Beedie’s EMBA in Aboriginal Business and Leadership facilitates international Indigenous connections.
At Simon Fraser University’s Beedie School of Business, students in the pioneering Executive MBA in Aboriginal Business and Leadership program are set to benefit from a new partnership – one that will expose them to some of the world’s top research in Indigenous governance and economic issues.
The Executive MBA in Aboriginal Business and Leadership (EMBA ABL) is a unique program designed for Canada’s Aboriginal leaders, entrepreneurs, and others working with Aboriginal communities.
The first of its kind in Canada, and just the second program of its type in the world, it includes the core concepts and knowledge delivered in a regular MBA program, but also recognizes that traditional knowledge plays a significant role in Aboriginal leadership and decision-making.
This past January, six students in the EMBA ABL travelled south to Tucson, Arizona. There, they participated in January-in-Tucson, a series of courses run by the University of Arizona’s Native Nations Institute, the world’s premier Indigenous governance and economic research institute.
The three-week session not only offers courses on Indigenous governance and rights issues taught by leading faculty from across the globe, but also facilitates dialogue between Indigenous peoples from all over the world who are in attendance – providing the Beedie students with new perspectives to familiar challenges.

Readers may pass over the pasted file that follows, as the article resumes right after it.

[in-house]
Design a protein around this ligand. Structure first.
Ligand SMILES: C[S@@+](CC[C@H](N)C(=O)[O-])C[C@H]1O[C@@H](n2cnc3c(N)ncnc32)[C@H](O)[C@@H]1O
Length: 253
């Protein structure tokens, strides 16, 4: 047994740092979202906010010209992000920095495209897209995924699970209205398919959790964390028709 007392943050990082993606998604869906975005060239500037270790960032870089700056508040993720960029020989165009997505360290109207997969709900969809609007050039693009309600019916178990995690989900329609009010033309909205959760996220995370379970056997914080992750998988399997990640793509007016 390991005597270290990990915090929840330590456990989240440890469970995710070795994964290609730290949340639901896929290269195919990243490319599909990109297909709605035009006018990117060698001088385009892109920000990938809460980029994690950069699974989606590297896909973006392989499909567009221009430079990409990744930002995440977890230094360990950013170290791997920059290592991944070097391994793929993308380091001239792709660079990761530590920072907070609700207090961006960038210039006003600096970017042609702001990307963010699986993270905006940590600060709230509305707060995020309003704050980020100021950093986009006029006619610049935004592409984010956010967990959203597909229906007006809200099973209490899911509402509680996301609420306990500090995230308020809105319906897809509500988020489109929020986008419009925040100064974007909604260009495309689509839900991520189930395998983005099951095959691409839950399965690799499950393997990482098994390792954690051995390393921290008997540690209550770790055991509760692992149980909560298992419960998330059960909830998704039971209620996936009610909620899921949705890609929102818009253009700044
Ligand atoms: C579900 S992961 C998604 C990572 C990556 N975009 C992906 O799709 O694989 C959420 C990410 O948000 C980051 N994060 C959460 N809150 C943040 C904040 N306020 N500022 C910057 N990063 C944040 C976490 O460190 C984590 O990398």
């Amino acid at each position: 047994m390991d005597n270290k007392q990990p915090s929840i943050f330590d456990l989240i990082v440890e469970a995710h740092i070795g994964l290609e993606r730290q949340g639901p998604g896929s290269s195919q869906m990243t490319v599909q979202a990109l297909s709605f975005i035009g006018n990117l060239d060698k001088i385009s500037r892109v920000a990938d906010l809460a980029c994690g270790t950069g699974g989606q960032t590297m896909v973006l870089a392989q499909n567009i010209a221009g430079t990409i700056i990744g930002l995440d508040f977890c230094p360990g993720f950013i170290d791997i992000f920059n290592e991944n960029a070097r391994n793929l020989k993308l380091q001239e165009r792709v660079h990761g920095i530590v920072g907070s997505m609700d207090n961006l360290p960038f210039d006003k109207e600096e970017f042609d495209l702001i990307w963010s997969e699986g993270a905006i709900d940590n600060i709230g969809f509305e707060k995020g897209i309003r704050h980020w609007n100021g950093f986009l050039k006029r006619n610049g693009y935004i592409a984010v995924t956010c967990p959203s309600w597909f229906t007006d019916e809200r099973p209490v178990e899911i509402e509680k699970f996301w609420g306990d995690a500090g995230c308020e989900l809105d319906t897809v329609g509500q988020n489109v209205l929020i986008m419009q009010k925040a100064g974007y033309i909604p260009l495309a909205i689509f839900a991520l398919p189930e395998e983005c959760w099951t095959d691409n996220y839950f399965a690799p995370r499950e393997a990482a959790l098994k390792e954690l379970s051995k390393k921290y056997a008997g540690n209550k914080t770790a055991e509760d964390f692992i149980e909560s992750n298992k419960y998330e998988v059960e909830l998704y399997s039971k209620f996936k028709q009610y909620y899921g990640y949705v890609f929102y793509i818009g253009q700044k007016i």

“The benefit of the Tucson trip is not just the world-class education the students receive in the classroom, but also the opportunity for international knowledge exchange around these key issues,” says Mark Selman, academic director of the EMBA ABL at the Beedie School of Business.
“The Executive MBA in Aboriginal Business and Leadership program already brings together people from different cultures across the country, but this adds a global component to it. By facilitating a dialogue amongst Indigenous peoples with different cultural backgrounds our students are exposed to ideas and perspectives they would not otherwise be privy to.”
The 2016 Tucson trip received such positive feedback from participating students that from next year it will become a core component of the EMBA ABL program for all students.
“Adding the Tucson component to the regular curriculum really solidified what we are learning in the Executive MBA in Aboriginal Business and Leadership,” says EMBA ABL student Natiea Vinson.
“What was great about the Tucson trip is that we had indigenous students from across the world discussing best practices and what has worked for them over the last few decades. It is definitely an enhancement to what is an already excellent program.”
For more information on the Executive MBA in Aboriginal Business and Leadership, visit beedie.sfu.ca/EMBA-Aboriginal-Business-Leadership/